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Doula FAQ
Doula FAQ
What is a Doula?

A Doula (Greek dialectal: servant-woman, slave) has been schooled in the process of childbirth, and then applies those teachings to real-world experiences. Birth Doulas provide informational, physical and emotional assistance to the mother before, during and immediately after the birth of the child. A Birth Doula continually reassures, comforts, encourages and respects the mother, and her family. Birth Doulas provide mothers the individualized care they need, based solely on the mother's personal circumstances and preferences.

What is the importance of having a Birth Doula present at a birth?

There have been numerous clinical studies that have shown that a Birth Doula’s presence at birth:
  • has a distinct tendency to result in shorter labors with fewer complications
  • reduces negative feelings about one’s own childbirth experience
  • reduces the need for Pitocin, forceps or vacuum extraction
  • reduces requests for pain medication, epidurals, and the incidence of cesareans
I am currently compiling a list of studies to provide as PDF files on my website. Until such time as those PDFs are available, please find more information regarding studies at the DONA® website by clicking here.
What affect does a Birth Doula have on the mother at a birth?

Women report considerable satisfaction with their birth experience from the presence of a Birth Doula, both during and after childbirth. Additionally, women also make more favorable assessments of their babies, have fewer cesareans, make fewer requests for medical interventions, and have less postpartum depression.

What affect does a Birth Doula have on the baby?

Studies show that babies born in the presence of a Birth Doula tend to stay in the hospital for much shorter periods, are less often admitted to special care nurseries, tend to breastfeed much easier and quicker, and they also have extra affectionate moms during the postpartum period.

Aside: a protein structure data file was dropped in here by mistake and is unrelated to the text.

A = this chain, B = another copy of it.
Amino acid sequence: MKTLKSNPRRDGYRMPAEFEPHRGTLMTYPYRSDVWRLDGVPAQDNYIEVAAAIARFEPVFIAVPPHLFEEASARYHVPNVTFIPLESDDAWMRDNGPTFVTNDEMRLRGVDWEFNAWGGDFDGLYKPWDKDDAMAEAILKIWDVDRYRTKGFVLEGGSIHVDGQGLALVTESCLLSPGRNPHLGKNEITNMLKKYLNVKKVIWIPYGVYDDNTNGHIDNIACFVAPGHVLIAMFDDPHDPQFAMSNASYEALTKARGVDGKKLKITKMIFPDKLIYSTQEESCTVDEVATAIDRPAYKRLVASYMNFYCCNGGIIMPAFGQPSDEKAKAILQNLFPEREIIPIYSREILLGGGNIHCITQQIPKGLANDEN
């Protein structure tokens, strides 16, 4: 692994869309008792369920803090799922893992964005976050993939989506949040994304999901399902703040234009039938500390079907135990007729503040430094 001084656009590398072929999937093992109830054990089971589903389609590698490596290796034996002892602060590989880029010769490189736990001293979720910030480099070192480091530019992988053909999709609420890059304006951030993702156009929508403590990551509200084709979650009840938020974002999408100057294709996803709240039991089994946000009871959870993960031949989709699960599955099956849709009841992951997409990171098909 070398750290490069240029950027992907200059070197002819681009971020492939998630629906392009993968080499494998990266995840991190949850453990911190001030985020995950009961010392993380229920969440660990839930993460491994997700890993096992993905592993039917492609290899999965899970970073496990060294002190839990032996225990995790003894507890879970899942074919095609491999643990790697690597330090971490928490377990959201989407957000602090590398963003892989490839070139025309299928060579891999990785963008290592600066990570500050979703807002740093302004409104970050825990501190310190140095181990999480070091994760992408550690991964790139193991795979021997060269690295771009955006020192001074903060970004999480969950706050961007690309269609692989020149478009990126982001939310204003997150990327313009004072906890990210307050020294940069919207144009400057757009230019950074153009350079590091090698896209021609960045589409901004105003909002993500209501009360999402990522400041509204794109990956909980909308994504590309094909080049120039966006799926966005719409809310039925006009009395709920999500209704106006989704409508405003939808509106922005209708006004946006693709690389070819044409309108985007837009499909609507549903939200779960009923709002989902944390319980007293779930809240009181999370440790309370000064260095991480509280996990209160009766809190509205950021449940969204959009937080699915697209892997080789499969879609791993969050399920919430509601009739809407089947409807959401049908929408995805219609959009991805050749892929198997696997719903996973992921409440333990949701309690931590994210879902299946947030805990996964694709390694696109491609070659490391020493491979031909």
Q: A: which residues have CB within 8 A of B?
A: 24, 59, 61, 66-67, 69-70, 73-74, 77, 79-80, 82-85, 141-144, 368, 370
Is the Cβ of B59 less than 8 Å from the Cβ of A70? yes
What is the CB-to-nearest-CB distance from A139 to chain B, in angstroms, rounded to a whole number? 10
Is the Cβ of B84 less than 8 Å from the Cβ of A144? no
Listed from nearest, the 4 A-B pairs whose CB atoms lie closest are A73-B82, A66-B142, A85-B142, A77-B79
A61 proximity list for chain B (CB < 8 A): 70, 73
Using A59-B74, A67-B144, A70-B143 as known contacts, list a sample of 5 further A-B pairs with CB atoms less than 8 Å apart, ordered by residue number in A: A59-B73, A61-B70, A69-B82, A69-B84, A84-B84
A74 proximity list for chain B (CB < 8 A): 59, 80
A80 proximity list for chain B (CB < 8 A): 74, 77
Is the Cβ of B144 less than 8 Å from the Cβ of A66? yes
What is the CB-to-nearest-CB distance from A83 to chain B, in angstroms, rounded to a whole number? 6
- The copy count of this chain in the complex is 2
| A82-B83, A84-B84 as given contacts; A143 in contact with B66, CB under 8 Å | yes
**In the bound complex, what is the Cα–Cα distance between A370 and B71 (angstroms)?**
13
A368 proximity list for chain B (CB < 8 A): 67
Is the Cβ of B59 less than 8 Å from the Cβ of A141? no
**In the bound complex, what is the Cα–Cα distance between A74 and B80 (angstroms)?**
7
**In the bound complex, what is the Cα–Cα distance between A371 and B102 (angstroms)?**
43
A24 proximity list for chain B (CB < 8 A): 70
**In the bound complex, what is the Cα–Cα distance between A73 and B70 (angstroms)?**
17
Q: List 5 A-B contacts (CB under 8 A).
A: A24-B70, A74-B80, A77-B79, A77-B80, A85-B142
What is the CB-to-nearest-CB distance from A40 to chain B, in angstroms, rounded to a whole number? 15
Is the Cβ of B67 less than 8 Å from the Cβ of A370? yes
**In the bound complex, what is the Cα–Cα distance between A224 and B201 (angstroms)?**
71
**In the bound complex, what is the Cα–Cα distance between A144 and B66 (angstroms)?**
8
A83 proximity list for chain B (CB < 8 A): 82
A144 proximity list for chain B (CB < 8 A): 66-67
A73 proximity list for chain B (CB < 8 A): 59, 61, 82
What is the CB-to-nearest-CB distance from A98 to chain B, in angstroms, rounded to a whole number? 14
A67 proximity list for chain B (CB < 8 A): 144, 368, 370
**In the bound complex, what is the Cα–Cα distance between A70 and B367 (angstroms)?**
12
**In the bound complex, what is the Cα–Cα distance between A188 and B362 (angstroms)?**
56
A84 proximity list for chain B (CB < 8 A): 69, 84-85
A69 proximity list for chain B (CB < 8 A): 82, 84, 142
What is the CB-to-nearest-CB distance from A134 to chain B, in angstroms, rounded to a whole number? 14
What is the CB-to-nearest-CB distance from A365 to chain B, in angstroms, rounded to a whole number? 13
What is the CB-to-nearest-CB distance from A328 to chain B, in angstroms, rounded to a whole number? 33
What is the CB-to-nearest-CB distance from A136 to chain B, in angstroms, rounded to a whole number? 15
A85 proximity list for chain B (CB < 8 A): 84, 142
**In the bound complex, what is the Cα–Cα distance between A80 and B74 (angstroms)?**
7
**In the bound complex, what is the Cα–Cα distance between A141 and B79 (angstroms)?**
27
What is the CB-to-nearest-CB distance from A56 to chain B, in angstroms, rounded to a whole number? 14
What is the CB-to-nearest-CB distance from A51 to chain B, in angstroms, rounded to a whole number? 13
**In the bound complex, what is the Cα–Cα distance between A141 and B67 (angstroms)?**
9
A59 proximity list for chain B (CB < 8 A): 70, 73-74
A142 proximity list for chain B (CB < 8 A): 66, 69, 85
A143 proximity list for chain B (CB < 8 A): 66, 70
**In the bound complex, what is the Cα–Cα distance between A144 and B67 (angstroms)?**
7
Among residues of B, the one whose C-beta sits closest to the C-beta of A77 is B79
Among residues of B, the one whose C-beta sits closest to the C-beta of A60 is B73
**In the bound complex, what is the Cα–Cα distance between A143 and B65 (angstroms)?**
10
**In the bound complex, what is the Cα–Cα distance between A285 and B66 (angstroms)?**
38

How do Birth Doulas practice?

Birth Doulas practice in three different manners:
  • they practice privately, and are hired directly by clients
  • they practice as employees of hospitals
  • they practice as volunteers in community, or hospital programs
Does a Birth Doula replace hospital nursing staff?

Absolutely not! Birth Doulas do not replace nurses, or any other medical staff. Birth Doulas do not perform clinical or medical tasks, such as taking blood pressure or temperature, monitoring fetal heart rate, doing vaginal examinations or providing postpartum clinical care. Birth Doulas are present to comfort and support the mother, and to enhance communication between the mother and medical professionals.

Does a Birth Doula make decisions on my behalf?

Generally speaking, a Birth Doula does not make decisions for their clients, nor do they or interfere with their clinical care. A Birth Doula should provide informational and emotional support, while respecting their client's decisions.

Will a Birth Doula make my partner feel unneeded?

Absolutely not! A Birth Doula is not only supportive to the mother, but also to her partner. In fact, a Birth Doula plays a critical role in getting the partner involved in the birth to an extent that is comfortable for the partner.

You refer to yourself as a Birth Doula - is there more than one type of Doula?

Yes, there is more than one type of Doula. In fact, there are three different types of Doulas, they being Birth Doula (a.k.a. Labor Doula), Postpartum Doula and lastly, an Antepartum Doula.

Birth/Labor Doulas provide support during childbirth. More specific information on this type of Doula is found above in these Birth Doula F.A.Q., as well as the How To Hire A Doula page on this website.

Postpartum Doulas provide assistance after the baby has been born. They take care of necessary household tasks, such as: grocery shopping, meal preparation, cleaning dishes, doing laundry, or tending to older children. Essentially, Postpartum Doulas do whatever a mother needs, so that she can enjoy and care for her new baby. More on Postpartum Doulas can be found on DONA® International's website by clicking

Antepartum Doulas are a relatively new type of Doula. A woman may need help before the baby’s arrival, during pregnancy. Perhaps a woman is on bed rest, or she may be experiencing a difficult pregnancy. Antepartum Doulas specialize in supporting women  who are facing a high-risk or difficult pregnancy. For the most part, Antepartum Doulas help mothers in the same manner as a Postpartum Doula. Being a rather new concept, finding certified Antepartum Doulas may be difficult.